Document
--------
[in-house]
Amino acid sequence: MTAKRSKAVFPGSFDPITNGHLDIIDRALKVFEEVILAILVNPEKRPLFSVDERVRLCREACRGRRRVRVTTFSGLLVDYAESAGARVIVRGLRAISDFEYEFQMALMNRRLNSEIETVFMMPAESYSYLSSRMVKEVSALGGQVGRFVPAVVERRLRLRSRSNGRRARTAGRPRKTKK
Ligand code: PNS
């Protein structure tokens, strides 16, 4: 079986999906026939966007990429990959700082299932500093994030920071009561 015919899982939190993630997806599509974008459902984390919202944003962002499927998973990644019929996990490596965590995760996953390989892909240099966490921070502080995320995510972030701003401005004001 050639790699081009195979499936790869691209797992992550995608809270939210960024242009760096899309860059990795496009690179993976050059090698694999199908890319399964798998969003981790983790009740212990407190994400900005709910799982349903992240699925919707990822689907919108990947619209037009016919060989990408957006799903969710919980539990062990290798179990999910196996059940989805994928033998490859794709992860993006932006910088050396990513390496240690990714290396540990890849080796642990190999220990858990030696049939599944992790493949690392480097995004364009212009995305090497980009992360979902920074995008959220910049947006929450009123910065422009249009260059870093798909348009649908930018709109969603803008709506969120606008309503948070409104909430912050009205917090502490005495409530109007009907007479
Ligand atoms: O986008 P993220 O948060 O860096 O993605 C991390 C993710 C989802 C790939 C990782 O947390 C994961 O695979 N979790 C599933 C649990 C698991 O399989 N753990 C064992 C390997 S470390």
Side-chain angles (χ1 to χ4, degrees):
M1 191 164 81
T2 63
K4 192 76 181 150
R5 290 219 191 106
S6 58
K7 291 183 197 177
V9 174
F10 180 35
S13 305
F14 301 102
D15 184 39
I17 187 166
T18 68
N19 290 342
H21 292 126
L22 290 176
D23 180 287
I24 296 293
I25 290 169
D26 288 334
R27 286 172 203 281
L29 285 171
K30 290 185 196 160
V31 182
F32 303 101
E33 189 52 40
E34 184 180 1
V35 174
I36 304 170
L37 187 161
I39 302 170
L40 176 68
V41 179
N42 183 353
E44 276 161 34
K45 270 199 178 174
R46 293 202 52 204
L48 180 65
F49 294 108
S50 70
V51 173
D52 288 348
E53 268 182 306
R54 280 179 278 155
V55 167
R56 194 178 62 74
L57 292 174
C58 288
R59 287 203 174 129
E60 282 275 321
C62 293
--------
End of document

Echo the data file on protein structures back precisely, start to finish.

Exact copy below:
[in-house]
Amino acid sequence: MTAKRSKAVFPGSFDPITNGHLDIIDRALKVFEEVILAILVNPEKRPLFSVDERVRLCREACRGRRRVRVTTFSGLLVDYAESAGARVIVRGLRAISDFEYEFQMALMNRRLNSEIETVFMMPAESYSYLSSRMVKEVSALGGQVGRFVPAVVERRLRLRSRSNGRRARTAGRPRKTKK
Ligand code: PNS
């Protein structure tokens, strides 16, 4: 079986999906026939966007990429990959700082299932500093994030920071009561 015919899982939190993630997806599509974008459902984390919202944003962002499927998973990644019929996990490596965590995760996953390989892909240099966490921070502080995320995510972030701003401005004001 050639790699081009195979499936790869691209797992992550995608809270939210960024242009760096899309860059990795496009690179993976050059090698694999199908890319399964798998969003981790983790009740212990407190994400900005709910799982349903992240699925919707990822689907919108990947619209037009016919060989990408957006799903969710919980539990062990290798179990999910196996059940989805994928033998490859794709992860993006932006910088050396990513390496240690990714290396540990890849080796642990190999220990858990030696049939599944992790493949690392480097995004364009212009995305090497980009992360979902920074995008959220910049947006929450009123910065422009249009260059870093798909348009649908930018709109969603803008709506969120606008309503948070409104909430912050009205917090502490005495409530109007009907007479
Ligand atoms: O986008 P993220 O948060 O860096 O993605 C991390 C993710 C989802 C790939 C990782 O947390 C994961 O695979 N979790 C599933 C649990 C698991 O399989 N753990 C064992 C390997 S470390």
Side-chain angles (χ1 to χ4, degrees):
M1 191 164 81
T2 63
K4 192 76 181 150
R5 290 219 191 106
S6 58
K7 291 183 197 177
V9 174
F10 180 35
S13 305
F14 301 102
D15 184 39
I17 187 166
T18 68
N19 290 342
H21 292 126
L22 290 176
D23 180 287
I24 296 293
I25 290 169
D26 288 334
R27 286 172 203 281
L29 285 171
K30 290 185 196 160
V31 182
F32 303 101
E33 189 52 40
E34 184 180 1
V35 174
I36 304 170
L37 187 161
I39 302 170
L40 176 68
V41 179
N42 183 353
E44 276 161 34
K45 270 199 178 174
R46 293 202 52 204
L48 180 65
F49 294 108
S50 70
V51 173
D52 288 348
E53 268 182 306
R54 280 179 278 155
V55 167
R56 194 178 62 74
L57 292 174
C58 288
R59 287 203 174 129
E60 282 275 321
C62 293